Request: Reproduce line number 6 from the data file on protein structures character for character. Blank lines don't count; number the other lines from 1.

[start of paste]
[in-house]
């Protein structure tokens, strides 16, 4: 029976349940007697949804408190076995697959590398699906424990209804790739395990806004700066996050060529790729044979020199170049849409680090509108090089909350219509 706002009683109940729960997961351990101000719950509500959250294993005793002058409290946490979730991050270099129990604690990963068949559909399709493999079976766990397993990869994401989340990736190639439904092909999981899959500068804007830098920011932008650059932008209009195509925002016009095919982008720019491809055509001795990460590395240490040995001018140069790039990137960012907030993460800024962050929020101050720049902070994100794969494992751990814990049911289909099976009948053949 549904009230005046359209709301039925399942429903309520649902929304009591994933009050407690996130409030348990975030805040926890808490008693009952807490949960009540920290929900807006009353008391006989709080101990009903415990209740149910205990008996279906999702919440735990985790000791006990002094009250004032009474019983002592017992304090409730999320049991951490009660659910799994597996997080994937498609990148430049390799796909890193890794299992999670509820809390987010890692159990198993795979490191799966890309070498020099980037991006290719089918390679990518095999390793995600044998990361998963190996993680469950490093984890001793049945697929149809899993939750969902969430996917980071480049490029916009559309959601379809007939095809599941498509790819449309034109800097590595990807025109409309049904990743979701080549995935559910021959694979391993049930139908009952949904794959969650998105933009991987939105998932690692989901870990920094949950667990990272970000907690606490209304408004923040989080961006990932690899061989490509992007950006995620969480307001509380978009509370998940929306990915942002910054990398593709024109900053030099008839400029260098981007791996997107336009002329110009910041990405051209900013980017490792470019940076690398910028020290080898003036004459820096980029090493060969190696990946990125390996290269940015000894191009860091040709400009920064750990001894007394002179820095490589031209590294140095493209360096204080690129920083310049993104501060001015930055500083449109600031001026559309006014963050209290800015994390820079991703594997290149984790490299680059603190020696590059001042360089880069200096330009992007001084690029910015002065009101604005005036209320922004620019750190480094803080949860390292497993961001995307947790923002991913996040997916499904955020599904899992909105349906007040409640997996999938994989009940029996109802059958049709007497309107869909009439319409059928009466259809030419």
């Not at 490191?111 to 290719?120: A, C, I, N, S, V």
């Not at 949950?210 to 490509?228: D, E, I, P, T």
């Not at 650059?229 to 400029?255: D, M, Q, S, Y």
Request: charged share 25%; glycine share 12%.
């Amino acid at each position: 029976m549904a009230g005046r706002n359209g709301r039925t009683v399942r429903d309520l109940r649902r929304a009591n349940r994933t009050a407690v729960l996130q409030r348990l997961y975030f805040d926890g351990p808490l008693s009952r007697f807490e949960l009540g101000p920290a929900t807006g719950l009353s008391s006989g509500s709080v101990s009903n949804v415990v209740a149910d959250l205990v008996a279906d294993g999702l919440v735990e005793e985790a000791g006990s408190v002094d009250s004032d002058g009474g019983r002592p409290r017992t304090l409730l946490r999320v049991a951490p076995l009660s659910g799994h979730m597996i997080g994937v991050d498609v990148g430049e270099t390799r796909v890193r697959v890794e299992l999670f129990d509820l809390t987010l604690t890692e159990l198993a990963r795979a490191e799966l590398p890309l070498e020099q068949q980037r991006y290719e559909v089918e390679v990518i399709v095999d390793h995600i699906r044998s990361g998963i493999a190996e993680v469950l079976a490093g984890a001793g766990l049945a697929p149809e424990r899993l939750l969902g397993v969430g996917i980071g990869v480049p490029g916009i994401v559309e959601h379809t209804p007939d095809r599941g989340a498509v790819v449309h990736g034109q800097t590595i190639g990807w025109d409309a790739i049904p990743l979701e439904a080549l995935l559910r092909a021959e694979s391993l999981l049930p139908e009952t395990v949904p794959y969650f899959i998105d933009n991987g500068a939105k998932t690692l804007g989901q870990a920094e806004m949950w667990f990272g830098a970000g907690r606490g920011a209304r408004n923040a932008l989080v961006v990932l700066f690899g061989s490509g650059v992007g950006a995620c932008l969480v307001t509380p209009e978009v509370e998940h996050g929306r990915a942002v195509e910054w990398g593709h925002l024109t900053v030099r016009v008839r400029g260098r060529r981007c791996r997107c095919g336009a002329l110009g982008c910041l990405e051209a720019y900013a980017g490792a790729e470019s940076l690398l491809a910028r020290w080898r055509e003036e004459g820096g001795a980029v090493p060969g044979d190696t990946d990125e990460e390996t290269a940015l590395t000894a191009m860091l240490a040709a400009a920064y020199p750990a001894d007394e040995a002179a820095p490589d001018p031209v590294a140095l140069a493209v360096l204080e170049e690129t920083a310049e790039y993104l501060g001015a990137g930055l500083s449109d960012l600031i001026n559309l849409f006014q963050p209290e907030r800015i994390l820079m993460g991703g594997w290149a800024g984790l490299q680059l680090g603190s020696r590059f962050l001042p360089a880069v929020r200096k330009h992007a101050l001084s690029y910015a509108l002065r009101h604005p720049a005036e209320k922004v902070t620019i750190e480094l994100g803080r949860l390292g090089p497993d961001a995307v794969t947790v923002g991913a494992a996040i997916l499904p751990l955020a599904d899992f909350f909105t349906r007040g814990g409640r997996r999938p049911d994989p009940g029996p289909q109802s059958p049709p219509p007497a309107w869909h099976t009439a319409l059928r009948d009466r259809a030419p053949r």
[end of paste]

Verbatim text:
Request: charged share 25%; glycine share 12%.